Whether specialized or recreational, basketball training takes players to the next level
As the last of the rains sprinkled on the outdoor school basketball courts last April, all but one girl who had been playing ran to their cars.
The remaining player, senior shooting guard Aryana Goodarzi, masterfully dribbled the ball between her feet and through various patterns of cones. At the end of her routine, she swished in shots from all around the 3-point line.
Having played basketball for seven years, Goodarzi is one of the most recognizable faces on the court in the varsity team. She attributes much of her success to the guidance she had from her current basketball trainer who helps motivate her on and off the court, said Goodarzi.
Hoping to join a Division 1 basketball school this coming fall, Goodarzi credits her athletic success to her intense training sessions. Goodarzi trains year-round, sometimes even six hours a day during her off-season.
On top of her daily on-court trainings, Goodarzi also lifts weights, has track workouts and practices with an outside team as part of the Amateur Athletic Union (AAU).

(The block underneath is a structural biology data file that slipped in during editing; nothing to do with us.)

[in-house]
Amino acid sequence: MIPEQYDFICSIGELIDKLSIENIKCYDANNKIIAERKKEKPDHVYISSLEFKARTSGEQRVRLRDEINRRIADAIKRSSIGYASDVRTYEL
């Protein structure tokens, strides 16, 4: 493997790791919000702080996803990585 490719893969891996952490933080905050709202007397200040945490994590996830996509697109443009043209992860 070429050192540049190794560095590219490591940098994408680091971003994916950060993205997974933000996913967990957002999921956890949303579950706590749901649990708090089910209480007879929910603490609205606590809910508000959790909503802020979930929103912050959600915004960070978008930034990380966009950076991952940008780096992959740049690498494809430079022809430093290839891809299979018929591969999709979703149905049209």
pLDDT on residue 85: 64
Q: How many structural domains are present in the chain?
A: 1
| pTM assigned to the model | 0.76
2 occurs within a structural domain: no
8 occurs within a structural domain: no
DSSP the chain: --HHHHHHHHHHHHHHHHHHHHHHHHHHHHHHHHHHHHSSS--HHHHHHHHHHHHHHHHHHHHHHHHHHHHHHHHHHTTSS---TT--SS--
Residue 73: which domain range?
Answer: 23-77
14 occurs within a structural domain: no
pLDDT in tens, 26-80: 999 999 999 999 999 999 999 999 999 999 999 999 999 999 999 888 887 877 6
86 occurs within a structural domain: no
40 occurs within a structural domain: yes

Aside from working one-on-one with her trainer, during the school season, she practices two hours most days with her teammates. Currently, she is focusing on improving her foot speed through the use of ladder training exercises.
Similar to Goodarzi, junior power forward Neal Iyengar, a key player on the varsity boys’ team, is also frequently working on improving his skills and stamina for when he is on the court.
“I express my love for basketball through dedication and time on the court,” Iyengar said. “I believe you can only improve through continued effort and experience and only through more playing can I do this.”
Although Iyengar does not have a personal basketball trainer like Goodarzi, he believes that with enough training with his friends during tutorials and after school, he can get more “realistic experiences” he can continue to improve his game.
Despite the two players’ different approaches to training, both believe in the need to keep pushing themselves.
“Although it is paramount to have a great skillset that can only be increased through training, it is also important to use those skills in game,” Iyengar said.
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